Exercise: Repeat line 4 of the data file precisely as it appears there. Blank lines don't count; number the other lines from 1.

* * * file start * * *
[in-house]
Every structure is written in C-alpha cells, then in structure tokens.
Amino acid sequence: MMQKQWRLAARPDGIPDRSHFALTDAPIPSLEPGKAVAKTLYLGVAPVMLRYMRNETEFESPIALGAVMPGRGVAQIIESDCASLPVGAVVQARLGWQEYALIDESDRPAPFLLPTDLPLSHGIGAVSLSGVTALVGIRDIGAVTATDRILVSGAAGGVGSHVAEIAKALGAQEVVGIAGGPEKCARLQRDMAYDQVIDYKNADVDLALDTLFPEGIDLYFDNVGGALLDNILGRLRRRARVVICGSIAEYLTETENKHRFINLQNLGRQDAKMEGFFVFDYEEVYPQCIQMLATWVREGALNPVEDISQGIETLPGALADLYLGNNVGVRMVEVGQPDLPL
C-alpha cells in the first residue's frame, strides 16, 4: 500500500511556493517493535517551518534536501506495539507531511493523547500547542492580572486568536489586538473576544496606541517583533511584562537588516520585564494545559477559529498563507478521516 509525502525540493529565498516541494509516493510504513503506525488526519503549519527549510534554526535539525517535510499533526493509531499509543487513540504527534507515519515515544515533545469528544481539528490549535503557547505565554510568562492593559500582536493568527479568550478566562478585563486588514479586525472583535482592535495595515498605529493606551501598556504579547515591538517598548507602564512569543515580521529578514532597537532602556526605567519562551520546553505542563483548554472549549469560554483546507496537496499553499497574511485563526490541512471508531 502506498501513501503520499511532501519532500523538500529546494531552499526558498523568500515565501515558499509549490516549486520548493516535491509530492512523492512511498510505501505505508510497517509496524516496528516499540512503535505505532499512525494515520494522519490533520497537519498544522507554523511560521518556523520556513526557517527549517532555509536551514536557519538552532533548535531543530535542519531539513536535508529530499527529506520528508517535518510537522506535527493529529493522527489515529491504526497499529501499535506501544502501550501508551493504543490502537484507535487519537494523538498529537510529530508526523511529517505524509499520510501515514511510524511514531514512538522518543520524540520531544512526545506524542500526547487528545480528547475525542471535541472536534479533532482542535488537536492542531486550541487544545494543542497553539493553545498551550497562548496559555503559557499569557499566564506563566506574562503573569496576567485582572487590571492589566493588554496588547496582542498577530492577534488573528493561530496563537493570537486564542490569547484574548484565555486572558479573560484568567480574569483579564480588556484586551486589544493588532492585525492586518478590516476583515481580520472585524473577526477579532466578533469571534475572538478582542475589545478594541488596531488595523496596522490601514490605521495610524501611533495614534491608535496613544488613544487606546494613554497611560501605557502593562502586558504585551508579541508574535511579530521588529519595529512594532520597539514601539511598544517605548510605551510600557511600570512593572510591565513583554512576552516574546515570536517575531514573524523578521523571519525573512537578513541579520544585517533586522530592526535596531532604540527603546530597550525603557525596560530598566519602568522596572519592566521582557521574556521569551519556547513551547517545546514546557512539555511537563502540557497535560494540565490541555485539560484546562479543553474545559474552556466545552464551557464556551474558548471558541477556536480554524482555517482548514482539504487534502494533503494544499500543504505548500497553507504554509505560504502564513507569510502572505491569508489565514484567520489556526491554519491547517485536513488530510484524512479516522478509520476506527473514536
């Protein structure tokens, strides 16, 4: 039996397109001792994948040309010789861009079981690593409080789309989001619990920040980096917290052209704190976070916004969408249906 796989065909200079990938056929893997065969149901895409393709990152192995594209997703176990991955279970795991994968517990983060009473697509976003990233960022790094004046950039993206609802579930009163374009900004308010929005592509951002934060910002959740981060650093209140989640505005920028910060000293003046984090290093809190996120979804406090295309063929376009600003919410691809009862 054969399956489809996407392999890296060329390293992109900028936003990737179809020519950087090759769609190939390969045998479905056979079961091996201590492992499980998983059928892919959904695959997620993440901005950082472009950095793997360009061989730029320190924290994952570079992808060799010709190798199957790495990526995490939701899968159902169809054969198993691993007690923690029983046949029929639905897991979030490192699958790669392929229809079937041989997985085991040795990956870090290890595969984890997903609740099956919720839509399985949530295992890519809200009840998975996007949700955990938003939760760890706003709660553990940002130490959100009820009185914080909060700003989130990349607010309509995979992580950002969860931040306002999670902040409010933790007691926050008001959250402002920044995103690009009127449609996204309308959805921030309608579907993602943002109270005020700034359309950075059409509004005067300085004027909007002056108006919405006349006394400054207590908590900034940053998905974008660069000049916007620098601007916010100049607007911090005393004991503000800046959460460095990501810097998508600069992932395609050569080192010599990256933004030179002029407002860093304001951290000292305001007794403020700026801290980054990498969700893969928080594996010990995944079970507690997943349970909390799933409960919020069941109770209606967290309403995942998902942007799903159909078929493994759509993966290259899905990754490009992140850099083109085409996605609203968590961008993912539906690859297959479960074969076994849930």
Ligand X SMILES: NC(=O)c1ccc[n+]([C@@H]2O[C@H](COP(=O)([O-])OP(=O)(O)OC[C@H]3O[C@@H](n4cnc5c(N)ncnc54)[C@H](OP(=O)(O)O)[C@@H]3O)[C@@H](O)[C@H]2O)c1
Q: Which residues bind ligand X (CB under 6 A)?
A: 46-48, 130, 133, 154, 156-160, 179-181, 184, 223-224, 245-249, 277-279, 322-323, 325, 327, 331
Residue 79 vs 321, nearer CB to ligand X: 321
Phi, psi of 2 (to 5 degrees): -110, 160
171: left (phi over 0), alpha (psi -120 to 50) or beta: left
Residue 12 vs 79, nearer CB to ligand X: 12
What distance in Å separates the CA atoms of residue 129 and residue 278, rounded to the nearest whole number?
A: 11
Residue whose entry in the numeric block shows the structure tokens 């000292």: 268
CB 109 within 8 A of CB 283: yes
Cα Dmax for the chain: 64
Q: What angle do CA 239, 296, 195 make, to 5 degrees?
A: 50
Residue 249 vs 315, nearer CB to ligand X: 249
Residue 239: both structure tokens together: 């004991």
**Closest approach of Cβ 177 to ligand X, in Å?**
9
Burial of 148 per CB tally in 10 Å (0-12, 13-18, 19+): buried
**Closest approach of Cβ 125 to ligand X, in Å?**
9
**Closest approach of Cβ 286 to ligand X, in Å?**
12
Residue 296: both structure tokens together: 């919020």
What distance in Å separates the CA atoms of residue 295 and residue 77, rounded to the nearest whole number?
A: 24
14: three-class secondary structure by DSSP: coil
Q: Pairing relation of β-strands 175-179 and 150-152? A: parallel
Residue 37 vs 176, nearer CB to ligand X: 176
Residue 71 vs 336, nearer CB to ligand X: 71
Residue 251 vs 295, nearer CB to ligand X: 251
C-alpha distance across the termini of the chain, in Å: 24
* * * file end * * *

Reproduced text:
C-alpha cells in the first residue's frame, strides 16, 4: 500500500511556493517493535517551518534536501506495539507531511493523547500547542492580572486568536489586538473576544496606541517583533511584562537588516520585564494545559477559529498563507478521516 509525502525540493529565498516541494509516493510504513503506525488526519503549519527549510534554526535539525517535510499533526493509531499509543487513540504527534507515519515515544515533545469528544481539528490549535503557547505565554510568562492593559500582536493568527479568550478566562478585563486588514479586525472583535482592535495595515498605529493606551501598556504579547515591538517598548507602564512569543515580521529578514532597537532602556526605567519562551520546553505542563483548554472549549469560554483546507496537496499553499497574511485563526490541512471508531 502506498501513501503520499511532501519532500523538500529546494531552499526558498523568500515565501515558499509549490516549486520548493516535491509530492512523492512511498510505501505505508510497517509496524516496528516499540512503535505505532499512525494515520494522519490533520497537519498544522507554523511560521518556523520556513526557517527549517532555509536551514536557519538552532533548535531543530535542519531539513536535508529530499527529506520528508517535518510537522506535527493529529493522527489515529491504526497499529501499535506501544502501550501508551493504543490502537484507535487519537494523538498529537510529530508526523511529517505524509499520510501515514511510524511514531514512538522518543520524540520531544512526545506524542500526547487528545480528547475525542471535541472536534479533532482542535488537536492542531486550541487544545494543542497553539493553545498551550497562548496559555503559557499569557499566564506563566506574562503573569496576567485582572487590571492589566493588554496588547496582542498577530492577534488573528493561530496563537493570537486564542490569547484574548484565555486572558479573560484568567480574569483579564480588556484586551486589544493588532492585525492586518478590516476583515481580520472585524473577526477579532466578533469571534475572538478582542475589545478594541488596531488595523496596522490601514490605521495610524501611533495614534491608535496613544488613544487606546494613554497611560501605557502593562502586558504585551508579541508574535511579530521588529519595529512594532520597539514601539511598544517605548510605551510600557511600570512593572510591565513583554512576552516574546515570536517575531514573524523578521523571519525573512537578513541579520544585517533586522530592526535596531532604540527603546530597550525603557525596560530598566519602568522596572519592566521582557521574556521569551519556547513551547517545546514546557512539555511537563502540557497535560494540565490541555485539560484546562479543553474545559474552556466545552464551557464556551474558548471558541477556536480554524482555517482548514482539504487534502494533503494544499500543504505548500497553507504554509505560504502564513507569510502572505491569508489565514484567520489556526491554519491547517485536513488530510484524512479516522478509520476506527473514536